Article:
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Coddling the Closed American Mind

The opinions expressed by columnists are their own and do not necessarily represent the views of

Every generation looks back at the one that follows and asks, "What went wrong?" The answers find multiple causes inside the family and outside in politics, offering fragmented and provocative insights into how we got to the America we live in today.


World War II veterans, for example, returned home to enjoy the values they thought they had fought to preserve, and the generation they spawned radically changed all that. "Make love not war" brought on a rebellious hedonism among baby boomers protesting the Vietnam War, inflicting collateral damage in the mores and manners held dear by their parents. The "Spock-marked generation," as some parents called their offspring in the 1960s, was indulged by the permissive parenting prescribed in the baby-care book by Dr. Benjamin Spock that became a bible for inexperienced parents.

Whether by toilet training or permissiveness, perspectives changed.

A decade later, Christopher Lasch identified a culture of narcissism and blamed new experts pushing a psychology emphasizing self-esteem. Decadence and defiance trumped kinship and responsibility in the therapeutic society where medicalized acts of "attitude" diminished standards of accountability.

Allan Bloom at the University of Chicago of the 1980s found college students refusing to sublimate their libido into reading great works of philosophy and literature, eager to let it all hang out, "closing the American mind." Socratic questioning and sublime reasoning were reduced to nonconformist relativism.


All of these generalizations and catch phrases have as many exceptions as books espousing them, of course, but they make us look harder at the changes shaping the current generation.

With an intentional, if wry, reference to Bloom's "The Closing of the American Mind," a new book of trendy thinking is called "The Coddling of the American Mind." It's written by two authors who bring diverse talents to cultural criticism. Greg Lukianoff, a lawyer and fierce defender of free speech, is president of the Foundation for Individual Rights in Education, and Jonathan Haidt is a social psychologist and professor of ethical leadership at New York University. They ask how good intentions and bad ideas are setting a generation up for failure. Sound familiar?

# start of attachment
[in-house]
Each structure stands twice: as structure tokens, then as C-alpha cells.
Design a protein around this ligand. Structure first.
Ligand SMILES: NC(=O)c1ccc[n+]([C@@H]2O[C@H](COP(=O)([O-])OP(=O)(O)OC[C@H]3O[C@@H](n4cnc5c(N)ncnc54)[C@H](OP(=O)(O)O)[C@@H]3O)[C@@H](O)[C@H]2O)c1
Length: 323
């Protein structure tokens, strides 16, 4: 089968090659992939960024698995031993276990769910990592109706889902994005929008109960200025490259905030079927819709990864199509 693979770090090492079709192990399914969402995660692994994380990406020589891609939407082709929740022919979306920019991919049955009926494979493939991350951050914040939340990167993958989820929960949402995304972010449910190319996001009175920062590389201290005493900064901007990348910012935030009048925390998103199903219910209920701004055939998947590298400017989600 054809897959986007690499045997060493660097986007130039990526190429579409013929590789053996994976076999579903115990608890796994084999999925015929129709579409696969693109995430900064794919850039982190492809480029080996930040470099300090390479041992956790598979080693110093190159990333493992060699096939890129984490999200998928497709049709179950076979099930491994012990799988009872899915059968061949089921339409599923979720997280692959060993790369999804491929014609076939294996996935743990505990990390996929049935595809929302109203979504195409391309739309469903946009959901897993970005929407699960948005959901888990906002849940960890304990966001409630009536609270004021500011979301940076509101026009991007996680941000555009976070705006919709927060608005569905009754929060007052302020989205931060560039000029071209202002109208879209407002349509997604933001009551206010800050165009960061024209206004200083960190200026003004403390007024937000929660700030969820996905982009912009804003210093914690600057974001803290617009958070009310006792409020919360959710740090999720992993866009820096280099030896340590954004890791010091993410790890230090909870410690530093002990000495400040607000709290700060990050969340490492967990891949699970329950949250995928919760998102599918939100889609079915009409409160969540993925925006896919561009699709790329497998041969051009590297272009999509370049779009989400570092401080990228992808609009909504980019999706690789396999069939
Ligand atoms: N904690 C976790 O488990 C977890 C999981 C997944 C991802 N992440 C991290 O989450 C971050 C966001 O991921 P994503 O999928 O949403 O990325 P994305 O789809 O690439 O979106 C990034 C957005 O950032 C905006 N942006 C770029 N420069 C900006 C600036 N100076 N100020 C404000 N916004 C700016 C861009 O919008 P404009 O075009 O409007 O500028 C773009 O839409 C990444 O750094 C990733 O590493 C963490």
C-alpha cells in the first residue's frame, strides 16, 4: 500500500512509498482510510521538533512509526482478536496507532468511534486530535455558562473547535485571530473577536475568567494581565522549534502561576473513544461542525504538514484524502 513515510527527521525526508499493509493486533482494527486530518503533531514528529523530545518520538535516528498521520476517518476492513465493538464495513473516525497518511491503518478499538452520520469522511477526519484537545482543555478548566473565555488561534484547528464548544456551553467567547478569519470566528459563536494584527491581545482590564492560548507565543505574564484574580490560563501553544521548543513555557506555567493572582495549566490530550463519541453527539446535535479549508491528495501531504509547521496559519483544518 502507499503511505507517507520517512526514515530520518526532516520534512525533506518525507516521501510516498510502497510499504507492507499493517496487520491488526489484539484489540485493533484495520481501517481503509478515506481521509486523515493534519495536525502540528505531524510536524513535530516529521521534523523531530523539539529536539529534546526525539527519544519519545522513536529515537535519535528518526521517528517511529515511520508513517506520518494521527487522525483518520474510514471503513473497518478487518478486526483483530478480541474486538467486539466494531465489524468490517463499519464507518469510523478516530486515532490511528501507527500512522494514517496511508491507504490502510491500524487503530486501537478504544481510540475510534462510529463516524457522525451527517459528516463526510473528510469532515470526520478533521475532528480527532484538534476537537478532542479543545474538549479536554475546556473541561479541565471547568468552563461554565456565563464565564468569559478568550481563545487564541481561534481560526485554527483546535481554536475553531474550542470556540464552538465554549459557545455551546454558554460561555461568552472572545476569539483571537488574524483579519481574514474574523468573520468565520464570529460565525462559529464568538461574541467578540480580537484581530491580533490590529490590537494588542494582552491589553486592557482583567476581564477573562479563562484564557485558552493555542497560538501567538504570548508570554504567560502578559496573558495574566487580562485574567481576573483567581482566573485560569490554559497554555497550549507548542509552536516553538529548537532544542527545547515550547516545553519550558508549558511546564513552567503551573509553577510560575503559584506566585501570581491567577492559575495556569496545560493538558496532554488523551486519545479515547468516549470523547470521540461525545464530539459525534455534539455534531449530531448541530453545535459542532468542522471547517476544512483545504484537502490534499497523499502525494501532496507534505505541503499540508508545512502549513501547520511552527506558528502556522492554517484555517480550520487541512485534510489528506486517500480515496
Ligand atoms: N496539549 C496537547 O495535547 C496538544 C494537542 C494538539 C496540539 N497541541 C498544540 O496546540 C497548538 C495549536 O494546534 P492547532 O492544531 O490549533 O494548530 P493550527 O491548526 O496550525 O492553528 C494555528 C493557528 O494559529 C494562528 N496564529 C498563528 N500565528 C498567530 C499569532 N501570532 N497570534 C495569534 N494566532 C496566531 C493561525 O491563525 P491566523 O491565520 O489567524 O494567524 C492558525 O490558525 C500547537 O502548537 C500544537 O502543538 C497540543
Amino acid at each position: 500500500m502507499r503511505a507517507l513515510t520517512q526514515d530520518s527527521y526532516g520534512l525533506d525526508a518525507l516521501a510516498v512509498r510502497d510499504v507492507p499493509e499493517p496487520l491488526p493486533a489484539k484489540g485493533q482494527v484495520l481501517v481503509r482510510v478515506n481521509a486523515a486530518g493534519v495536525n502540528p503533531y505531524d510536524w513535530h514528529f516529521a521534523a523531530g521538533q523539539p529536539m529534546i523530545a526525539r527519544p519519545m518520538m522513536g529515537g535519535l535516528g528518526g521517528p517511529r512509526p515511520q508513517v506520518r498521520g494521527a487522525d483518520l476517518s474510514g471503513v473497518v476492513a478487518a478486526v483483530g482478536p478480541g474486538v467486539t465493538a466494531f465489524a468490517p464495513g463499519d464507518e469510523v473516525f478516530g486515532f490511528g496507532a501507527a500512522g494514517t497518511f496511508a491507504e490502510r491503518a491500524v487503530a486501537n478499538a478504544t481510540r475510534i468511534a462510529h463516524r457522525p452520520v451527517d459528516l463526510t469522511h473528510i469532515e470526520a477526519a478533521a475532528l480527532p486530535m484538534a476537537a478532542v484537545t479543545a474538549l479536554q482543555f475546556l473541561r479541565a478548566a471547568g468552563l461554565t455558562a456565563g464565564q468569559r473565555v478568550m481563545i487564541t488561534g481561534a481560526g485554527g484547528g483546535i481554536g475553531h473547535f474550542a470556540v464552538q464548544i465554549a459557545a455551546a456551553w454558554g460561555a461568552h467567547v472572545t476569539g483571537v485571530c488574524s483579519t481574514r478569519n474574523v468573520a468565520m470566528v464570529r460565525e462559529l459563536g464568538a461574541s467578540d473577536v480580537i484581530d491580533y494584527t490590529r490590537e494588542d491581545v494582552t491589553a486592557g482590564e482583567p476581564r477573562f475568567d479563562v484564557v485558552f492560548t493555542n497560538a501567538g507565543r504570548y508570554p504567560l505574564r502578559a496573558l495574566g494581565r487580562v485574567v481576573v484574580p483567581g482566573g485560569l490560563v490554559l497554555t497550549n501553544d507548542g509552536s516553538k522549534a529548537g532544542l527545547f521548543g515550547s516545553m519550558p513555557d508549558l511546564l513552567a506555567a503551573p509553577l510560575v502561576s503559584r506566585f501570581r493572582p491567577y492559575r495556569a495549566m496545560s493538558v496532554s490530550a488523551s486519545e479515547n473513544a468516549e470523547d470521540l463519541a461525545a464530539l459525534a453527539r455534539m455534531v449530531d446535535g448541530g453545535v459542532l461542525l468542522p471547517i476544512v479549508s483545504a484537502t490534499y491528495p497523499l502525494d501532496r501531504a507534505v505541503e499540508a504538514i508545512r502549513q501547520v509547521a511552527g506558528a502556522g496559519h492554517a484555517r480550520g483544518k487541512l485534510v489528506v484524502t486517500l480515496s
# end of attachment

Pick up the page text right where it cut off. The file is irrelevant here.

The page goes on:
The focus is on the generation following the millennials, popularly known as "iGen," those born roughly after 1995 and growing up with the internet in their pocket. Many of these iGens, no matter how savvy with their iPhone, withdraw from life and seek protection from the slings and arrows of their outrageous fortune, which often turns out to be an elite college where they insist on protection from the slightest provocation.

These fragile seekers of safe spaces often try to keep speakers who disagree with them from being heard, lest they awaken prejudicial impulses. They demand trigger warnings to prepare them for reading classics of literature that threaten their psychological equilibrium with reminders of tragic events, real or imagined, in their own lives. Sophocles and Shakespeare be damned.


The iGens in this scenario are passive aggressors determined to dictate new rules to protect their virtuous vulnerabilities. To do this, they join mobs tyrannizing politically incorrect teachers, administrators, classmates and guest speakers. The noise of the censor rules the land, or at least the campus. The authors call this "vindictive protectiveness. "

We've all heard examples of the snowflakes who cultivate their personalized post-traumatic stresses to ruin the lives of others, but Lukianoff and Haidt provide a larger framework for pointing out how this dangerous corrupting and corroding academic corner of college culture finds echoes in the larger world.

Instead of confronting their fears and dealing with them, they justify them by making them political. It doesn't matter so much for those whose parents are willing to pay the high fees of collegiate babysitters and safety nets, since they will probably cushion the future of their adult children. But college is supposed to be the training ground for future leaders, where the young emerge from their teens to test tough ideas in the arena of robust debate with more than polarizing rhetoric and aggressive behavior. Members of this generation pose a problem for everyone's future. The mobs protesting Brett Kavanaugh's Supreme Court confirmation, who got in the face of the senators in elevators and hallways in the Capitol, are the most recent example of emotional reasoning gone wild.


The authors of "The Coddling of the America Mind" argue that many of the iGens receiving so much attention today were overprotected in home and in school, even on playgrounds, where small hurts are nurtured rather than overcome, and fears are dramatized and exaggerated in a retreat from life's challenges. They recommend an epigraph from folk wisdom for raising the next generation: "Prepare the child for the road, not the road for the child." Then look out for the potholes.

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